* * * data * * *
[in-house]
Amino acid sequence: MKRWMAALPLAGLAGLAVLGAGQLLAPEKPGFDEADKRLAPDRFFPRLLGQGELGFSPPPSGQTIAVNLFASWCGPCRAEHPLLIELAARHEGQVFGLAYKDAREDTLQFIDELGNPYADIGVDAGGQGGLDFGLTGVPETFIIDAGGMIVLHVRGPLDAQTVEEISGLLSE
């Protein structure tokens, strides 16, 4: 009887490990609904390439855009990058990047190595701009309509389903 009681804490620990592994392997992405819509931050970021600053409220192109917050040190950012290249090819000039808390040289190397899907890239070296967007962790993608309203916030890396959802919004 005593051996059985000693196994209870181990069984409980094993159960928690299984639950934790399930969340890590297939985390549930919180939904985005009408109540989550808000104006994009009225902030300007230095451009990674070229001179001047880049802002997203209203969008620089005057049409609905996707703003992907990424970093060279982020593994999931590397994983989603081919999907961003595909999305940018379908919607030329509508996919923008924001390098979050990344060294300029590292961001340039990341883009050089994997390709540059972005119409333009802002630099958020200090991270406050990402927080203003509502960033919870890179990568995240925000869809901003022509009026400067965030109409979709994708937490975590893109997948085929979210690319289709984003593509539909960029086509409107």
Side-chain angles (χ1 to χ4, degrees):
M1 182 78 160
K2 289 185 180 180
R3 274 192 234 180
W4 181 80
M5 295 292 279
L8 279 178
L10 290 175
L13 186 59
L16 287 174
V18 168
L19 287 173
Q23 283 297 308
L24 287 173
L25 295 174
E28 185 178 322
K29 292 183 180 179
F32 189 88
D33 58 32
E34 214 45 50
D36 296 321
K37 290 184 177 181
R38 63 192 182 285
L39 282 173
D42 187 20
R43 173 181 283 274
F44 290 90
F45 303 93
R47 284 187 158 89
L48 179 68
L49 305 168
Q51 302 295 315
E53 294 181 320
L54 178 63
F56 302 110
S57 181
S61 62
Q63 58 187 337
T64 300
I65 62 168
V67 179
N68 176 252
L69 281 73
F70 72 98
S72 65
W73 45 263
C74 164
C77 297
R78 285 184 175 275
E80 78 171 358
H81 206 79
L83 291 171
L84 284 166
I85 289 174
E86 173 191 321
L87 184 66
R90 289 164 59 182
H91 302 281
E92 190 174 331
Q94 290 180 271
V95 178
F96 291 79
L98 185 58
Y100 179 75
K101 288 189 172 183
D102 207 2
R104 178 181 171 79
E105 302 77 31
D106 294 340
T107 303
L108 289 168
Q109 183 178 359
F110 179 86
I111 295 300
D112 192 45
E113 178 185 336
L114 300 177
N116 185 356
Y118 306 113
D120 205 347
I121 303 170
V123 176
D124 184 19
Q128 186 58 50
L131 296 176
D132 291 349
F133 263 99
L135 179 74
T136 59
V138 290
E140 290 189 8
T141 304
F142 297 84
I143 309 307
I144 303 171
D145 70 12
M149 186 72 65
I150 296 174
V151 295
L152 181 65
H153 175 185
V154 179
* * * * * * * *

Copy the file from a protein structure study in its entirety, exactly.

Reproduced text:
[in-house]
Amino acid sequence: MKRWMAALPLAGLAGLAVLGAGQLLAPEKPGFDEADKRLAPDRFFPRLLGQGELGFSPPPSGQTIAVNLFASWCGPCRAEHPLLIELAARHEGQVFGLAYKDAREDTLQFIDELGNPYADIGVDAGGQGGLDFGLTGVPETFIIDAGGMIVLHVRGPLDAQTVEEISGLLSE
């Protein structure tokens, strides 16, 4: 009887490990609904390439855009990058990047190595701009309509389903 009681804490620990592994392997992405819509931050970021600053409220192109917050040190950012290249090819000039808390040289190397899907890239070296967007962790993608309203916030890396959802919004 005593051996059985000693196994209870181990069984409980094993159960928690299984639950934790399930969340890590297939985390549930919180939904985005009408109540989550808000104006994009009225902030300007230095451009990674070229001179001047880049802002997203209203969008620089005057049409609905996707703003992907990424970093060279982020593994999931590397994983989603081919999907961003595909999305940018379908919607030329509508996919923008924001390098979050990344060294300029590292961001340039990341883009050089994997390709540059972005119409333009802002630099958020200090991270406050990402927080203003509502960033919870890179990568995240925000869809901003022509009026400067965030109409979709994708937490975590893109997948085929979210690319289709984003593509539909960029086509409107």
Side-chain angles (χ1 to χ4, degrees):
M1 182 78 160
K2 289 185 180 180
R3 274 192 234 180
W4 181 80
M5 295 292 279
L8 279 178
L10 290 175
L13 186 59
L16 287 174
V18 168
L19 287 173
Q23 283 297 308
L24 287 173
L25 295 174
E28 185 178 322
K29 292 183 180 179
F32 189 88
D33 58 32
E34 214 45 50
D36 296 321
K37 290 184 177 181
R38 63 192 182 285
L39 282 173
D42 187 20
R43 173 181 283 274
F44 290 90
F45 303 93
R47 284 187 158 89
L48 179 68
L49 305 168
Q51 302 295 315
E53 294 181 320
L54 178 63
F56 302 110
S57 181
S61 62
Q63 58 187 337
T64 300
I65 62 168
V67 179
N68 176 252
L69 281 73
F70 72 98
S72 65
W73 45 263
C74 164
C77 297
R78 285 184 175 275
E80 78 171 358
H81 206 79
L83 291 171
L84 284 166
I85 289 174
E86 173 191 321
L87 184 66
R90 289 164 59 182
H91 302 281
E92 190 174 331
Q94 290 180 271
V95 178
F96 291 79
L98 185 58
Y100 179 75
K101 288 189 172 183
D102 207 2
R104 178 181 171 79
E105 302 77 31
D106 294 340
T107 303
L108 289 168
Q109 183 178 359
F110 179 86
I111 295 300
D112 192 45
E113 178 185 336
L114 300 177
N116 185 356
Y118 306 113
D120 205 347
I121 303 170
V123 176
D124 184 19
Q128 186 58 50
L131 296 176
D132 291 349
F133 263 99
L135 179 74
T136 59
V138 290
E140 290 189 8
T141 304
F142 297 84
I143 309 307
I144 303 171
D145 70 12
M149 186 72 65
I150 296 174
V151 295
L152 181 65
H153 175 185
V154 179